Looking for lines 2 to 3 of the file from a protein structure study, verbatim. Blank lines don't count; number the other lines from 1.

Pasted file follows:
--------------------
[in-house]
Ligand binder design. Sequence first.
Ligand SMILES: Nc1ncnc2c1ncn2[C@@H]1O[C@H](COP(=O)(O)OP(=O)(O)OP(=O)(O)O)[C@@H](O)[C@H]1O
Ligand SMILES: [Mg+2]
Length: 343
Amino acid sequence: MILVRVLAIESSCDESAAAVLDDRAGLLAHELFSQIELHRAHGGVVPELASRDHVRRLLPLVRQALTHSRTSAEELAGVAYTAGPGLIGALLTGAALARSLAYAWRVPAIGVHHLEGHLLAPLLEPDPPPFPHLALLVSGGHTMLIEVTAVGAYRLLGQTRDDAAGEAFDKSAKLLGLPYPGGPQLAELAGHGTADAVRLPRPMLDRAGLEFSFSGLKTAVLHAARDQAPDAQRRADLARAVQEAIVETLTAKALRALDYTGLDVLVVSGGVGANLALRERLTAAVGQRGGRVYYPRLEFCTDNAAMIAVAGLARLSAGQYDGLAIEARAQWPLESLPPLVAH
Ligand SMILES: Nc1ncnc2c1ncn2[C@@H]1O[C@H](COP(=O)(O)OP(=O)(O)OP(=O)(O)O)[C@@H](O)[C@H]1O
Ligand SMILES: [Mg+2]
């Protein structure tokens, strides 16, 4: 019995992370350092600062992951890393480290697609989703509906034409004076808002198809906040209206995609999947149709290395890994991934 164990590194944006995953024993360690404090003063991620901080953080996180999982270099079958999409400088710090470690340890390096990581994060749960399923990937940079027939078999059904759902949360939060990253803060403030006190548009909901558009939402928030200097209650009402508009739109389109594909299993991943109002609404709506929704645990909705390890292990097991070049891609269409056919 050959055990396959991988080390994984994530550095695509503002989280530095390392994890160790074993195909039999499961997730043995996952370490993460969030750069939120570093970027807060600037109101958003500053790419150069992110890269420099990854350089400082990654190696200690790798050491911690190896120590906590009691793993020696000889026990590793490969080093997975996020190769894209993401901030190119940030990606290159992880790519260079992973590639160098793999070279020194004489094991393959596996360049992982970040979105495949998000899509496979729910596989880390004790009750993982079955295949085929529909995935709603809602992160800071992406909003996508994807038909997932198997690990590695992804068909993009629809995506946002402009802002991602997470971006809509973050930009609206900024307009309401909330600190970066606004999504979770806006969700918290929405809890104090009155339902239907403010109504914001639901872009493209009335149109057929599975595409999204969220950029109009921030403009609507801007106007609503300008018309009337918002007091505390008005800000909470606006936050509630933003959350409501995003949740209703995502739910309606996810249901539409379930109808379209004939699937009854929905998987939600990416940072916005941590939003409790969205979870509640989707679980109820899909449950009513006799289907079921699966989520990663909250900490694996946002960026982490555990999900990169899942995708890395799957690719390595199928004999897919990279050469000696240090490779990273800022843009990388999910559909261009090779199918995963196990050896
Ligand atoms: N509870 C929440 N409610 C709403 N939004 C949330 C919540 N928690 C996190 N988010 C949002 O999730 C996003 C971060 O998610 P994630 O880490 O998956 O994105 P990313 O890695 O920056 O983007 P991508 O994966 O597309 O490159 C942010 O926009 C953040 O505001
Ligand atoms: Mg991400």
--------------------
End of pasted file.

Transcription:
Ligand binder design. Sequence first.
Ligand SMILES: Nc1ncnc2c1ncn2[C@@H]1O[C@H](COP(=O)(O)OP(=O)(O)OP(=O)(O)O)[C@@H](O)[C@H]1O